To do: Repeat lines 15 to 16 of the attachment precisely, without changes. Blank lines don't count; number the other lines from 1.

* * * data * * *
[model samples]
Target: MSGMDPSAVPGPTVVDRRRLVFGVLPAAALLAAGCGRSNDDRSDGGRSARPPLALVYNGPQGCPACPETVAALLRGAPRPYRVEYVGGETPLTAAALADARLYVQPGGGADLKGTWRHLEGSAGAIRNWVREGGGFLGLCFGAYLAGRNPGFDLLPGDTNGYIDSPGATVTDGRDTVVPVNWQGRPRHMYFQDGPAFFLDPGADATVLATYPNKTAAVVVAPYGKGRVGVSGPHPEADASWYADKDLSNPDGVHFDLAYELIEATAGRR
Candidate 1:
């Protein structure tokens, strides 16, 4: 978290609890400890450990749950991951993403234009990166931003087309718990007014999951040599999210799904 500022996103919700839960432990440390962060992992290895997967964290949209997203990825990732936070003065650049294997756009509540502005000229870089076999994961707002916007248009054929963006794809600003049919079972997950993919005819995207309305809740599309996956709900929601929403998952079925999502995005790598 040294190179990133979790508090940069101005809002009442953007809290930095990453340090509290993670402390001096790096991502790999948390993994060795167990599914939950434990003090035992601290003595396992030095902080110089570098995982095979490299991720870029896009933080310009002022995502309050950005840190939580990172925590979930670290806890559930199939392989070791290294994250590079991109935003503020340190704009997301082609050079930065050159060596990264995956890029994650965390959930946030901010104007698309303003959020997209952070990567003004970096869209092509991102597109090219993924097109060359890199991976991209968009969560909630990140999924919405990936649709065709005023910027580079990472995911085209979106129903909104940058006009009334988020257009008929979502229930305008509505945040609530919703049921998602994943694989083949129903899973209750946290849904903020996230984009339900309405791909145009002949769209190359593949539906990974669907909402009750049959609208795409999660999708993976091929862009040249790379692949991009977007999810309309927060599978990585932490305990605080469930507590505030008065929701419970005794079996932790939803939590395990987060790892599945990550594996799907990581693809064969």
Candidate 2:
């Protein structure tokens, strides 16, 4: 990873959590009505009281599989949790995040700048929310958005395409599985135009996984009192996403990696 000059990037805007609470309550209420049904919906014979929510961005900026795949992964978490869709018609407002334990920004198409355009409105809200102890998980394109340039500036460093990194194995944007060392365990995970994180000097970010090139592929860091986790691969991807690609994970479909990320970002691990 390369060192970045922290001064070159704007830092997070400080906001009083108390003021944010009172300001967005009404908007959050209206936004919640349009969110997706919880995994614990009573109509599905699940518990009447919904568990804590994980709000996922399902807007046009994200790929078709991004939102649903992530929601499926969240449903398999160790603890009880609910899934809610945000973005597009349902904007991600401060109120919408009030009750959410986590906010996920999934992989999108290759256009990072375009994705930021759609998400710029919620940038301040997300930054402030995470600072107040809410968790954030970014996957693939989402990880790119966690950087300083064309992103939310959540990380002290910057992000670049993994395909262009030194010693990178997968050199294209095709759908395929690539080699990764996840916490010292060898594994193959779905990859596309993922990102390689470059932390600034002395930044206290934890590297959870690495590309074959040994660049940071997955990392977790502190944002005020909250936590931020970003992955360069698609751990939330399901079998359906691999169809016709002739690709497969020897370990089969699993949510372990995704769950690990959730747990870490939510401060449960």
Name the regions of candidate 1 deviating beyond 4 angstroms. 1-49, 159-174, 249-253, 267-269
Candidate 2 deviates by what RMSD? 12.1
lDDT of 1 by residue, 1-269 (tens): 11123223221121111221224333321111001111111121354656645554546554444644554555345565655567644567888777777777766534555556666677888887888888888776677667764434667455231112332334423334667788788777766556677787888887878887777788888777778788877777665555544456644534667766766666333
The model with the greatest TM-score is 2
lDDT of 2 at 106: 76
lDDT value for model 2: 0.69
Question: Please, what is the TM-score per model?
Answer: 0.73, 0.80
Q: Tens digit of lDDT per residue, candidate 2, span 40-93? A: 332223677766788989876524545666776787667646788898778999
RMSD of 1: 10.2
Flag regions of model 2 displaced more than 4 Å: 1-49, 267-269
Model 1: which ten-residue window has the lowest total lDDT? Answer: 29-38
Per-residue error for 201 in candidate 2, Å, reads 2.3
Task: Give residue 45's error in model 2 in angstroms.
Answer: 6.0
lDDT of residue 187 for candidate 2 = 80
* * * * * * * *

Q: Tens digit of lDDT per residue, candidate 2, span 40-93? A: 332223677766788989876524545666776787667646788898778999
RMSD of 1: 10.2